OPINION: MILLS ON MARKETING

At first sight, it might seem bizarre that Nike’s reaction to its financial woes has been to slash its marketing budget by dollars 100 million or about 15 per cent. Surely, we think, it should be doing the exact opposite?

At first sight, it might seem bizarre that Nike’s reaction to its

financial woes has been to slash its marketing budget by dollars 100

million or about 15 per cent. Surely, we think, it should be doing the

exact opposite?



Maybe not. Maybe there’s a bit of method in its madness. Maybe, rather

than spending its money unwisely, Nike has just been spending too much

money. Maybe, in other words, it’s been over-marketing rather than

undermarketing.



In part, this is what happens when you become excessively

product-led.



If you’ve been to a sports/fashion shop recently, it’s hard not to

conclude that there are too many Nike products around - that they are,

for want a better phrase, trying to stuff too much product down the

consumers’ throats.



Not before time, consumers are suffering indigestion. Add to this the

suspicion that Nike thinks it can do for every sport what it has done

for athletics (how long before Nike tries to get into angling or flog us

special table-football shoes?) and it’s little surprise that the

consumer is suffering from Nike overload.



Genuine football fans, as opposed to arrivistes, are probably asking

themselves: ’Who are these Nike people and why do they want to at best

dominate and at worst take our sport away from us?’ Similarly golf.

Signing up Tiger Woods the moment he wins a big tournament and throwing

millions into overpriced golf shoes and hats is more likely to alienate

than win over golf’s fan base.



This is where Adidas has an advantage. Its bottom-up approach to sports

starts with the fans rather than the latest star (who’s probably a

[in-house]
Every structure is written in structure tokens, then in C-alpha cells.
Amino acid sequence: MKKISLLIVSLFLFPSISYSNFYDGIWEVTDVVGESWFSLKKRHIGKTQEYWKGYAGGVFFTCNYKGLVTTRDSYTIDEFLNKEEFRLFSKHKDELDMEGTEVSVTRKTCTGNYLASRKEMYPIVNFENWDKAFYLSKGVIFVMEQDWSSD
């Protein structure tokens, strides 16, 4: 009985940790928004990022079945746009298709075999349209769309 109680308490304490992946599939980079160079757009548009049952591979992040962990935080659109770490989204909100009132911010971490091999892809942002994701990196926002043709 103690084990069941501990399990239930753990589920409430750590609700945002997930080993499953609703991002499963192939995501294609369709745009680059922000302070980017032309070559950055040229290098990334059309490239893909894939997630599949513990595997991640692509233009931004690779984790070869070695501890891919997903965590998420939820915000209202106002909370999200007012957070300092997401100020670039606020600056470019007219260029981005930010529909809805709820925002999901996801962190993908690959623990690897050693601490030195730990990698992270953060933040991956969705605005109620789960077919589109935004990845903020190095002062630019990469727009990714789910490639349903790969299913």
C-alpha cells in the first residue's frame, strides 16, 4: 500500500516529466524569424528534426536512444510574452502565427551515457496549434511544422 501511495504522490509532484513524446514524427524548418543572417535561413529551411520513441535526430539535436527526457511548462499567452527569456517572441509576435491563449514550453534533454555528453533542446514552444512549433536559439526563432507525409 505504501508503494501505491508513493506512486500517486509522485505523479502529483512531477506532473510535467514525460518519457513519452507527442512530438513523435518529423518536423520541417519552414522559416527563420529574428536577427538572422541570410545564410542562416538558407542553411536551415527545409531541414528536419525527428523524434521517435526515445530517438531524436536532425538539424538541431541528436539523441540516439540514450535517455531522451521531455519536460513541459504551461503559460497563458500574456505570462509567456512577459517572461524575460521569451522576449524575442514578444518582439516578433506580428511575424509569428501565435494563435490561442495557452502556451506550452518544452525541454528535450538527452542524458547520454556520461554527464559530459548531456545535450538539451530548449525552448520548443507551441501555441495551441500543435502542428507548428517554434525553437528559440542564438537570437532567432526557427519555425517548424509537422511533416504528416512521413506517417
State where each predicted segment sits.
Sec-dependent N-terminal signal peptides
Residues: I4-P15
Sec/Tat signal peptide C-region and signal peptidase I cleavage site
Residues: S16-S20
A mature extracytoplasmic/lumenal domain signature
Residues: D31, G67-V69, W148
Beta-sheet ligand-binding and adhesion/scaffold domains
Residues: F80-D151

one-minute wonder, anyway), and is the major difference between the two

brands.



Longer term, it’s significant because it imbues Adidas with deeper roots

and greater authenticity. By contrast, Nike looks like a gatecrasher who

wants to take over the party.



Just as I always felt uncomfortable about Nike’s ’just do it’ tagline

(so 80s, so fundamentally selfish), I have my doubts about Rainey

Kelly/Vauxhall’s new line for the Astra. ’Quality is a right. Not a

privilege’ is, I’m sorry to say, patronising.



The implication is that Vauxhall has only just started making quality

cars and we should be grateful for whatever they serve up from now

on.



The reality is consumers have long since been educated to expect quality

in their cars - and they’ve got the Japanese and Volkswagen, who must

surely be Vauxhall’s principal competitors, to thank for that.



Thus a line this lame says more about Vauxhall than it does about the

consumer. Indeed, it’s the kind of line that manufacturers turn into

mission statements in order to exhort factory workers to minimise

production faults.



The funny thing is I quite like the ad, which is visually striking.



It’s just that the underlying premise is, I fear, both me-too and too

late. Making a virtue out of what should be a necessity (if an

assumption of quality isn’t the minimum entry price for any car

manufacturer, then what is?) just isn’t going to be enough in these

competitive times.



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1 Job description: Digital marketing executive

Digital marketing executives oversee the online marketing strategy for their organisation. They plan and execute digital (including email) marketing campaigns and design, maintain and supply content for the organisation's website(s).